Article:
Digital Renaissance Editions

About this text

  • Title: The Honest Whore, Part 1 (Modern)
  • Editor: Joost Daalder
  • ISBN: 978-1-55058-490-5

    Copyright Digital Renaissance Editions. This text may be freely used for educational, non-profit purposes; for all other uses contact the Editor.
    Authors: Thomas Dekker, Thomas Middleton
    Editor: Joost Daalder
    Peer Reviewed

    The Honest Whore, Part 1 (Modern)

    Enter Fustigo [with bandaged head], Crambo, and Poh.
    Hold up your hands, gentlemen. [Giving money] Here始s one, two, three – nay, I warrant they are sound pistoles, and without flaws; I had them of my sister, and I know she uses to put up nothing that始s cracked – three, four, five, six, seven, eight, and nine; by 1920this hand, bring me but a piece of his blood, and you shall have nine more. I始ll lurk in a tavern not far off, and provide supper to close up the end of the tragedy. The linen-draper始s, remember. Stand to始t, I beseech you, and play your parts perfectly.
    Look you, signor, 始tis not your gold that we weigh.
    Nay, nay, weigh it and spare not. If it lack one grain of corn, I始ll give you a bushel of wheat to make it up.
    But by your favour, signor, which of the servants is it? Because we始ll punish justly.
    Marry, 始tis the head man. You shall taste him by his 1930tongue – a pretty, tall, prating fellow, with a Tuscalonian beard.
    Tuscalonian? Very good.
    Cod始s life, I was ne始er so thrummed since I was a gentleman. My coxcomb was dry-beaten as if my hair had been hemp.
    We始ll dry-beat some of them.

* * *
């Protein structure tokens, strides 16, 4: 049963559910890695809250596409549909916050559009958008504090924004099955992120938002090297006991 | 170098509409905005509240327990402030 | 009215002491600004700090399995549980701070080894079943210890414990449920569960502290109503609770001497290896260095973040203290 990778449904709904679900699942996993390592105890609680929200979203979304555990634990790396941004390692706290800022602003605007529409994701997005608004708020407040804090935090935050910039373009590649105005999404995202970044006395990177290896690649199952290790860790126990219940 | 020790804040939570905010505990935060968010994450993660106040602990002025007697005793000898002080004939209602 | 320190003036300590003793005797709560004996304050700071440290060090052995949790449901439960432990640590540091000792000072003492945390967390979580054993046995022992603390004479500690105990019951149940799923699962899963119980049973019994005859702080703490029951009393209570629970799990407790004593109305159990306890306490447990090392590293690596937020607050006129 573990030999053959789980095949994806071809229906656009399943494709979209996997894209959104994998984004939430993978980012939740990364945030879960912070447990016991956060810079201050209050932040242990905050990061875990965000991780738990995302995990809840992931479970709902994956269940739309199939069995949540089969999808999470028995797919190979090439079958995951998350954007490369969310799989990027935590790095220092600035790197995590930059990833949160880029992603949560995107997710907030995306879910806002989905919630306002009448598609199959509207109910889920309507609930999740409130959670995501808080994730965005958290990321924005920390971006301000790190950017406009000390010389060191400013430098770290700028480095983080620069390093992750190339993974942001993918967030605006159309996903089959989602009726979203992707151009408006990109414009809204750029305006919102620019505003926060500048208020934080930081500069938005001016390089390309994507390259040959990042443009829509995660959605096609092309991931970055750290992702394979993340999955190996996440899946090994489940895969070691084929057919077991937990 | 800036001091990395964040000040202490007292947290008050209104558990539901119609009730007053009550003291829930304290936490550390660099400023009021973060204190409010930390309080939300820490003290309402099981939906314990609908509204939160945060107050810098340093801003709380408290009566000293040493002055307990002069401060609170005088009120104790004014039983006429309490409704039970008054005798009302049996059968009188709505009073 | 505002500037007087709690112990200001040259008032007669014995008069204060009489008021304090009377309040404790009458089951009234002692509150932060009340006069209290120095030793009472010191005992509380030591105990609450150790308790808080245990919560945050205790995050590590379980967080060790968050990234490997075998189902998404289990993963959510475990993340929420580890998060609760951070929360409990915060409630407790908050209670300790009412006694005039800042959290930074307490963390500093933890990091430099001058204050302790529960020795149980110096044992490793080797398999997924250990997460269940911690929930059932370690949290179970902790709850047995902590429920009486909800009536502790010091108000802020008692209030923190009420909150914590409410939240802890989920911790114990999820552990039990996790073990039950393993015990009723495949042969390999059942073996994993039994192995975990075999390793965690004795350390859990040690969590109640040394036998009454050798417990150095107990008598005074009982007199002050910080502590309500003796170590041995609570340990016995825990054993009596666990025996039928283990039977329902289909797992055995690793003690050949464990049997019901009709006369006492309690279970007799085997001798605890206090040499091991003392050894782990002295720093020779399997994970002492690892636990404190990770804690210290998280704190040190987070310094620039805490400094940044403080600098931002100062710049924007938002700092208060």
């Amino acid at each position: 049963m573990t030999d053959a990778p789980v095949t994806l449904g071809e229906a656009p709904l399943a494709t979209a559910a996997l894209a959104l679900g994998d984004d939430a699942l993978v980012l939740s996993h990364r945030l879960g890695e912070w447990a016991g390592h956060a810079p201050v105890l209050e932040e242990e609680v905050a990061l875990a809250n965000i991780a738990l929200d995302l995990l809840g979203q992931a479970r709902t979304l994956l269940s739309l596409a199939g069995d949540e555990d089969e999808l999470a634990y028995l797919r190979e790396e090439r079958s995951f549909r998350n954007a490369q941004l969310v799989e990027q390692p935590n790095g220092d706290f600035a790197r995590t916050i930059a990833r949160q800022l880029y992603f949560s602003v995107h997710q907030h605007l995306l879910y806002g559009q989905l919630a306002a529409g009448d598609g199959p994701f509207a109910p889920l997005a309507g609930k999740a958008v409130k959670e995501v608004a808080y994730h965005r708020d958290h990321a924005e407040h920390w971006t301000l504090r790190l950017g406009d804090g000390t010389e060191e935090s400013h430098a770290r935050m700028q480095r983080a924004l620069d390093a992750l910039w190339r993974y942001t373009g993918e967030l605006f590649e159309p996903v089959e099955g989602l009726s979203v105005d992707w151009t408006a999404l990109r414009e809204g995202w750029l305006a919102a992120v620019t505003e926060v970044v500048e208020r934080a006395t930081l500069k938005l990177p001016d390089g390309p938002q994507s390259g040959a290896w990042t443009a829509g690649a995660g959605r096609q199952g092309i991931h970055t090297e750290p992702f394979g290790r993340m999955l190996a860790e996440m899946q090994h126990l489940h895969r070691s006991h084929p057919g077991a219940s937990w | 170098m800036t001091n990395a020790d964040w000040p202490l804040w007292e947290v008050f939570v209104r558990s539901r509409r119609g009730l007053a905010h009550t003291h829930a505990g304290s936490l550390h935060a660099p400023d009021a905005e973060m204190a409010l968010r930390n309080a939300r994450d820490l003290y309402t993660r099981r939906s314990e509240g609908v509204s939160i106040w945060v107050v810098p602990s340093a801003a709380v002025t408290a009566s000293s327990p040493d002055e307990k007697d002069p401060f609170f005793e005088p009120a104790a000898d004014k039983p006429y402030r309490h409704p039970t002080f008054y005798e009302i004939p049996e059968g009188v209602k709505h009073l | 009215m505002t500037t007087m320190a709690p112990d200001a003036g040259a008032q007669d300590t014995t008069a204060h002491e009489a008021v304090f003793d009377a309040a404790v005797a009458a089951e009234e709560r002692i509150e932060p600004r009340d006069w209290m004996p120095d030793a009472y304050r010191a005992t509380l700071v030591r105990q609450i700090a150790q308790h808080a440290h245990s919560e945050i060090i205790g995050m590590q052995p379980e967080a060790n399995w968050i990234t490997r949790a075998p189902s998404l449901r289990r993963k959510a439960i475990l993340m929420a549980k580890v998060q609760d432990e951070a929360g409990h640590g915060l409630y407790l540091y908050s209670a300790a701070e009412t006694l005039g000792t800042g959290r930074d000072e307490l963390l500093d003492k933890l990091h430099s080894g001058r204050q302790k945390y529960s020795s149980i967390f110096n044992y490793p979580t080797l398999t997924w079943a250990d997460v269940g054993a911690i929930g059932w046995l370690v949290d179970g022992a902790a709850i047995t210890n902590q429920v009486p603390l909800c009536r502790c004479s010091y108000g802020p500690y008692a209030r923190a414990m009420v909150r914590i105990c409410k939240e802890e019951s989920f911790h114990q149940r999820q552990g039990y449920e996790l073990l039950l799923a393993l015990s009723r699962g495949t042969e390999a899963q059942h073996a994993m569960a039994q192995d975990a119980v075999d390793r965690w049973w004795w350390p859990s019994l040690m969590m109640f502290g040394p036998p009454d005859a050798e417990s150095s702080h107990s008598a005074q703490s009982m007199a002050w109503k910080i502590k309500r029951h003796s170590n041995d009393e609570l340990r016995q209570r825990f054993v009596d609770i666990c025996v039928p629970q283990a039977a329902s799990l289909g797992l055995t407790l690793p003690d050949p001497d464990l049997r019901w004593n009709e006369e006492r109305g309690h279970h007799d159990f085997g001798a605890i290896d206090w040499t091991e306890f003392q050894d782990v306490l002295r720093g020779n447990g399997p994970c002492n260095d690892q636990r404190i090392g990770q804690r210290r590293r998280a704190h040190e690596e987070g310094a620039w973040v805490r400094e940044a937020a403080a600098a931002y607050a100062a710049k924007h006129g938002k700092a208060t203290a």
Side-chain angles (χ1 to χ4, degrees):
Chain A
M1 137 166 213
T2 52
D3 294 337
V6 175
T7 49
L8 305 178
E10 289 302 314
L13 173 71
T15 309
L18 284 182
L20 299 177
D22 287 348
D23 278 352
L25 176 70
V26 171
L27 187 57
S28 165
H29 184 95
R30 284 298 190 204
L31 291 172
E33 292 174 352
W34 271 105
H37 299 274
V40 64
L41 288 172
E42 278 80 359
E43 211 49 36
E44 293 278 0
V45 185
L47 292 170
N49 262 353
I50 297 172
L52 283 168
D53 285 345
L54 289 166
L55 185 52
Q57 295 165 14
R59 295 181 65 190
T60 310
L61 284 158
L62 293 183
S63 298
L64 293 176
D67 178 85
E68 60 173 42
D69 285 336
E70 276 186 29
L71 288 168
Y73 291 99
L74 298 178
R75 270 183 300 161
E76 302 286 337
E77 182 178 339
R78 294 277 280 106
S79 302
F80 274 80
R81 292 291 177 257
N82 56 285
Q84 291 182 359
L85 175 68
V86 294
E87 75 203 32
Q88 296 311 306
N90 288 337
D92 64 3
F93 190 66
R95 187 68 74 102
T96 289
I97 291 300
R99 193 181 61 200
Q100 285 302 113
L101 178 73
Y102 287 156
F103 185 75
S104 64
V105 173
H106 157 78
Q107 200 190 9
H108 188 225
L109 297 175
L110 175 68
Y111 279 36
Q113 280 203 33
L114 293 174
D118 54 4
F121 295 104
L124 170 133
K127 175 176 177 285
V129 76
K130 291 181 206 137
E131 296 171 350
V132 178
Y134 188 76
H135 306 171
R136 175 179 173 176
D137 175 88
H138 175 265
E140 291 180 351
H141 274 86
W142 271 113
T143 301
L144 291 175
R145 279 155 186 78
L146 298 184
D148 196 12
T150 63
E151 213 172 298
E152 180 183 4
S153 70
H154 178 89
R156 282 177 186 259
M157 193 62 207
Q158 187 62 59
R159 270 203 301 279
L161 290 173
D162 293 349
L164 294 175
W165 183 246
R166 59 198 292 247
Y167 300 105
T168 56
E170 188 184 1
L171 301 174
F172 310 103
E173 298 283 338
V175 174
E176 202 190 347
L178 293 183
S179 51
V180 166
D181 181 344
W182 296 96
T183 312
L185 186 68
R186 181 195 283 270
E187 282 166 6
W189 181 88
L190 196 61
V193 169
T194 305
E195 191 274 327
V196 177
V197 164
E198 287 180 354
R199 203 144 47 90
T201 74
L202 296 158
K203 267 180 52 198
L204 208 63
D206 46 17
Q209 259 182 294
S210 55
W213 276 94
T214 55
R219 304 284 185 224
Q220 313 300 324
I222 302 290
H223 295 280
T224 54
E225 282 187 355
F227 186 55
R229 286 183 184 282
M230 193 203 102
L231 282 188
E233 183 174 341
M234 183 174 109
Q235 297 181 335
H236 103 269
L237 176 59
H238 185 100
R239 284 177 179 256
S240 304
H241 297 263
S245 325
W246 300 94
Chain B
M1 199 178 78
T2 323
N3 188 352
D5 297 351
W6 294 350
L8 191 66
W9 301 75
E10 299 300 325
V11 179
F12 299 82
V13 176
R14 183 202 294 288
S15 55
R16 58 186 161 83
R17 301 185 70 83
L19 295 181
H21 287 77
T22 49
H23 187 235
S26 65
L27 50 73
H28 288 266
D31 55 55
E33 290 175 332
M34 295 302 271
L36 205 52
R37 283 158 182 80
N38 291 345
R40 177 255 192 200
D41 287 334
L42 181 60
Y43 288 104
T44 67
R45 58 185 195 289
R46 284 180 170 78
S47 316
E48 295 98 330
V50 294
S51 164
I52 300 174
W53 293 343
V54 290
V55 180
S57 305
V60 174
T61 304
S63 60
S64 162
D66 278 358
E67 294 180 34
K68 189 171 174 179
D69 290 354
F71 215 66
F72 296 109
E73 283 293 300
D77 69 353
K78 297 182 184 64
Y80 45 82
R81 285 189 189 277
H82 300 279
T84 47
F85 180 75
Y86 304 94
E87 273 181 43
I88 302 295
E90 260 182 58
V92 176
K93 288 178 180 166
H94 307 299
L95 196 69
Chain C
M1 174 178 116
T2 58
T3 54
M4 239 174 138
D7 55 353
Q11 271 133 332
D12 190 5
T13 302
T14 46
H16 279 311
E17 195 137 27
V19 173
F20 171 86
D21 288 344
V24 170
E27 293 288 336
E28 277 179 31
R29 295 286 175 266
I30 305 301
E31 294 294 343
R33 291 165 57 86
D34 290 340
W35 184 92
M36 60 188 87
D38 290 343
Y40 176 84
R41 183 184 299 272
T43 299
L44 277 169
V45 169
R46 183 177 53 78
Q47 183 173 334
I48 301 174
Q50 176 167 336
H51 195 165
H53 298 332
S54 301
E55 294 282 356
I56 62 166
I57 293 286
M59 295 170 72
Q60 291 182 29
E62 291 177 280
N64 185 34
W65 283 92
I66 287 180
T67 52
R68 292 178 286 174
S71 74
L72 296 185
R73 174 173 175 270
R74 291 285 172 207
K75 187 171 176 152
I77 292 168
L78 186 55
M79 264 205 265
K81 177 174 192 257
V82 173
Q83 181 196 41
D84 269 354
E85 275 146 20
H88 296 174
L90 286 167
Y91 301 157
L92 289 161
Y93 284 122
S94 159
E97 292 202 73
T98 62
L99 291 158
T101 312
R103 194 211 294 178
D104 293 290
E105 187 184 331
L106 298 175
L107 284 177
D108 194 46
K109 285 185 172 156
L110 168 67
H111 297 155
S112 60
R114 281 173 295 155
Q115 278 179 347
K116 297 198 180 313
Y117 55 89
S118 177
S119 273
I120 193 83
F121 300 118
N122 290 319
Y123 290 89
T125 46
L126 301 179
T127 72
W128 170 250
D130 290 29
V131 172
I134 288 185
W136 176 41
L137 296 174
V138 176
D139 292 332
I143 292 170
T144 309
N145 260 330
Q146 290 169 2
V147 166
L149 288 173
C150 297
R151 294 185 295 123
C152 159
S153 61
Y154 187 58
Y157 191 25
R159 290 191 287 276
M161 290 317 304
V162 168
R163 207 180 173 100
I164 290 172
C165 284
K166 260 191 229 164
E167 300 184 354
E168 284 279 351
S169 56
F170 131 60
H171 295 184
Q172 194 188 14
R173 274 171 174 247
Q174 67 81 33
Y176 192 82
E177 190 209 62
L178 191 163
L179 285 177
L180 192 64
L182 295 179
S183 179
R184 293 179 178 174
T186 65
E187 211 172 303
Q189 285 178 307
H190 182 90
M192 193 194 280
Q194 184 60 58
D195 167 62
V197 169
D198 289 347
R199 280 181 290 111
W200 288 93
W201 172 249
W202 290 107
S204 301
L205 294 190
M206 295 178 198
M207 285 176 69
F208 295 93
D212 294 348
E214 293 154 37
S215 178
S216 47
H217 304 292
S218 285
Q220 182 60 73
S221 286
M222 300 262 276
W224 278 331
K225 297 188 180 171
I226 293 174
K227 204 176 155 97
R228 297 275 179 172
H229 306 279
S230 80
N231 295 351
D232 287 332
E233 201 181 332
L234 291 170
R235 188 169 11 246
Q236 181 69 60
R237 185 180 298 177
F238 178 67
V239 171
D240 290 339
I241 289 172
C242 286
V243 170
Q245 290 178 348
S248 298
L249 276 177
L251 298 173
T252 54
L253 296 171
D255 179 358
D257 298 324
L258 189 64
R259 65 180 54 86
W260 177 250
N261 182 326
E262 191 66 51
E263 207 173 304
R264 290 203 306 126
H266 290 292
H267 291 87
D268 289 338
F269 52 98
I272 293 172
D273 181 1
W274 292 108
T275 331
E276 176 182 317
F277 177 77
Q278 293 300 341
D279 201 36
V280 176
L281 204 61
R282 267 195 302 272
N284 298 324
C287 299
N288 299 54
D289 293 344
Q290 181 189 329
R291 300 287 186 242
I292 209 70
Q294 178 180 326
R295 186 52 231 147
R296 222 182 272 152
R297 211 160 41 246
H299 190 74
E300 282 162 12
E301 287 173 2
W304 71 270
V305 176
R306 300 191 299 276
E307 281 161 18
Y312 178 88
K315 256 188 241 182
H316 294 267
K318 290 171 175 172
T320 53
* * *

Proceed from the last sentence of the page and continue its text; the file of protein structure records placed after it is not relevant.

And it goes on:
Nay, it grew so high that my sister cried ‘Murder!始 out, very manfully. I have her consent, in a manner, to have him peppered; else I始d not do始t to win more than ten cheaters do at a rifling. Break but his pate or so, only his mazer, because I始ll have his head in a cloth as well as mine; he始s a linen-1940draper, and may take enough. I could enter mine action of battery against him, but we may 始haps be both dead and rotten before the lawyers would end it.
    No more to do but ensconce yourself i始th始 tavern. Provide no great cheer: a couple of capons, some pheasants, 1945plovers, an orangeado pie or so. But, how bloody soe始er the day be, sally you not forth.
    No, no; nay, if I stir, some body shall stink. I始ll not budge; I始ll lie like a dog in a manger.
    Well, well, to the tavern. Let not our supper be raw, 1950for you shall have blood enough, your bellyful.
    That始s all, so God sa始 me, I thirst after: blood for blood, bump for bump, nose for nose, head for head, plaster for plaster. And so farewell. What shall I call your names? Because I始ll leave word, if any such come to the bar.
    My name is Corporal Crambo.
    And mine Lieutenant Poh.
    Poh is as tall a man as ever opened oyster; I would not be the devil to meet Poh. Farewell.
    Nor I, by this light, if Poh be such a Poh.